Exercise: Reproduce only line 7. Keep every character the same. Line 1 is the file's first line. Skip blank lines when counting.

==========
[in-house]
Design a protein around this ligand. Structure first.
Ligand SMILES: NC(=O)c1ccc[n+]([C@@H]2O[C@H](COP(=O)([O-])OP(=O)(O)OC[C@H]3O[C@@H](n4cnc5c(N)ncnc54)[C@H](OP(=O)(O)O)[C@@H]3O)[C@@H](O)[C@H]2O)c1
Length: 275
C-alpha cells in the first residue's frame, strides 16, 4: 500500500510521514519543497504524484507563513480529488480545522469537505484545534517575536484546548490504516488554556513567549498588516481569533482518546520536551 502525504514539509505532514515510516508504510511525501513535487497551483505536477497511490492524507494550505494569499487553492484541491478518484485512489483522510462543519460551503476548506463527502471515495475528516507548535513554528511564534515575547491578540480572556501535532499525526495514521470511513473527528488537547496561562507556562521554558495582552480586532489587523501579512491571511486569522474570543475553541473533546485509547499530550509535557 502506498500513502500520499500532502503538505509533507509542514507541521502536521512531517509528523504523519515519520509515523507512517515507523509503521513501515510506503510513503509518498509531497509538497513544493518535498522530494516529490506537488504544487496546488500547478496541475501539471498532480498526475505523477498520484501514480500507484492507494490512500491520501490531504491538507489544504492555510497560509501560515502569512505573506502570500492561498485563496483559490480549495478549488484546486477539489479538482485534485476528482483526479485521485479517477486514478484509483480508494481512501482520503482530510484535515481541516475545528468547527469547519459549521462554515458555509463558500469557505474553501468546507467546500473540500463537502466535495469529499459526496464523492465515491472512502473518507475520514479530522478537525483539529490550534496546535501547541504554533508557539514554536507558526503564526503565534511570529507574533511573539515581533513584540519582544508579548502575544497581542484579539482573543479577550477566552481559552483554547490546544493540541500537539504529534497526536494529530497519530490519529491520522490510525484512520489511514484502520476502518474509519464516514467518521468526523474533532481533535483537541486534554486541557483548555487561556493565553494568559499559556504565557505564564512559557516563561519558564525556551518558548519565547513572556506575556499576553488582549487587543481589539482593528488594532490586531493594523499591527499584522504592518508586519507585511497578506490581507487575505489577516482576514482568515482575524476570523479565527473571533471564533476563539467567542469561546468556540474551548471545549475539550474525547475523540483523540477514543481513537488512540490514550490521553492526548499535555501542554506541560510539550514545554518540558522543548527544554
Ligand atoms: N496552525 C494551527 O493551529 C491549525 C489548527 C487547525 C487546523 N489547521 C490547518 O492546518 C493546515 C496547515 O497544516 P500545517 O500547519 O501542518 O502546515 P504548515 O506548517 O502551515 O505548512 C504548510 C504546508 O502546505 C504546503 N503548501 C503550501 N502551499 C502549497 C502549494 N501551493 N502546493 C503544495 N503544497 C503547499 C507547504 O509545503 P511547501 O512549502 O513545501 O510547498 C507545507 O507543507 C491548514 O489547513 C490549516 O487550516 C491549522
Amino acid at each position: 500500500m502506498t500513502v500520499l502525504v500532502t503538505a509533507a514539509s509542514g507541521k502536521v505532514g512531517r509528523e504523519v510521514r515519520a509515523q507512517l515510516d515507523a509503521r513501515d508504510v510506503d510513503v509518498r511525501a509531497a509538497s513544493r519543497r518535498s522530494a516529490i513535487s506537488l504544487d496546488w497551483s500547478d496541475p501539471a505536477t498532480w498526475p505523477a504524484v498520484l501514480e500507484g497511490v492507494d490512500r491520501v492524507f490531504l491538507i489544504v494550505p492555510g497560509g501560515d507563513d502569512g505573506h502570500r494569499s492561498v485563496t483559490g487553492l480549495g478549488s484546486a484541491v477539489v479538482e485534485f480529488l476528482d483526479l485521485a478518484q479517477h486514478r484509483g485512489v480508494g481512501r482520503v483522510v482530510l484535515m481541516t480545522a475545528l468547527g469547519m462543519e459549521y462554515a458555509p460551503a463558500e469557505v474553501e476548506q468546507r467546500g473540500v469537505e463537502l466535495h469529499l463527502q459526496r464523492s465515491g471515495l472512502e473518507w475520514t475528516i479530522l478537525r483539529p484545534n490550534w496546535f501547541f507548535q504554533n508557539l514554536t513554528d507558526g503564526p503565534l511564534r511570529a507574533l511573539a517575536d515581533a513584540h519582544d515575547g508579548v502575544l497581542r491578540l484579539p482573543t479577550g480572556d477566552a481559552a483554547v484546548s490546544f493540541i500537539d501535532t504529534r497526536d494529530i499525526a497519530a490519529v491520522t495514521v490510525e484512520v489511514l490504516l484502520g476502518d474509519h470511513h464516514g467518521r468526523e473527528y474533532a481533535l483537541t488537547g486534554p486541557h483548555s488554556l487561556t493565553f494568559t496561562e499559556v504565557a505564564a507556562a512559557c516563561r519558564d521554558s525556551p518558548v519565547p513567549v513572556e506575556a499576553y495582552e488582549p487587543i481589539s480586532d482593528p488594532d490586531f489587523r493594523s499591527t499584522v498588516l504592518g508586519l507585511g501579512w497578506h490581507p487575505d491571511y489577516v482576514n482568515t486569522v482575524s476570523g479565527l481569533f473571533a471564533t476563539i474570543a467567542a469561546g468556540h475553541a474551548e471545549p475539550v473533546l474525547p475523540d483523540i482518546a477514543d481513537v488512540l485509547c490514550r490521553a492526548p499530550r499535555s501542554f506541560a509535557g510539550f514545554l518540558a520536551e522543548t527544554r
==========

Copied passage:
Amino acid at each position: 500500500m502506498t500513502v500520499l502525504v500532502t503538505a509533507a514539509s509542514g507541521k502536521v505532514g512531517r509528523e504523519v510521514r515519520a509515523q507512517l515510516d515507523a509503521r513501515d508504510v510506503d510513503v509518498r511525501a509531497a509538497s513544493r519543497r518535498s522530494a516529490i513535487s506537488l504544487d496546488w497551483s500547478d496541475p501539471a505536477t498532480w498526475p505523477a504524484v498520484l501514480e500507484g497511490v492507494d490512500r491520501v492524507f490531504l491538507i489544504v494550505p492555510g497560509g501560515d507563513d502569512g505573506h502570500r494569499s492561498v485563496t483559490g487553492l480549495g478549488s484546486a484541491v477539489v479538482e485534485f480529488l476528482d483526479l485521485a478518484q479517477h486514478r484509483g485512489v480508494g481512501r482520503v483522510v482530510l484535515m481541516t480545522a475545528l468547527g469547519m462543519e459549521y462554515a458555509p460551503a463558500e469557505v474553501e476548506q468546507r467546500g473540500v469537505e463537502l466535495h469529499l463527502q459526496r464523492s465515491g471515495l472512502e473518507w475520514t475528516i479530522l478537525r483539529p484545534n490550534w496546535f501547541f507548535q504554533n508557539l514554536t513554528d507558526g503564526p503565534l511564534r511570529a507574533l511573539a517575536d515581533a513584540h519582544d515575547g508579548v502575544l497581542r491578540l484579539p482573543t479577550g480572556d477566552a481559552a483554547v484546548s490546544f493540541i500537539d501535532t504529534r497526536d494529530i499525526a497519530a490519529v491520522t495514521v490510525e484512520v489511514l490504516l484502520g476502518d474509519h470511513h464516514g467518521r468526523e473527528y474533532a481533535l483537541t488537547g486534554p486541557h483548555s488554556l487561556t493565553f494568559t496561562e499559556v504565557a505564564a507556562a512559557c516563561r519558564d521554558s525556551p518558548v519565547p513567549v513572556e506575556a499576553y495582552e488582549p487587543i481589539s480586532d482593528p488594532d490586531f489587523r493594523s499591527t499584522v498588516l504592518g508586519l507585511g501579512w497578506h490581507p487575505d491571511y489577516v482576514n482568515t486569522v482575524s476570523g479565527l481569533f473571533a471564533t476563539i474570543a467567542a469561546g468556540h475553541a474551548e471545549p475539550v473533546l474525547p475523540d483523540i482518546a477514543d481513537v488512540l485509547c490514550r490521553a492526548p499530550r499535555s501542554f506541560a509535557g510539550f514545554l518540558a520536551e522543548t527544554r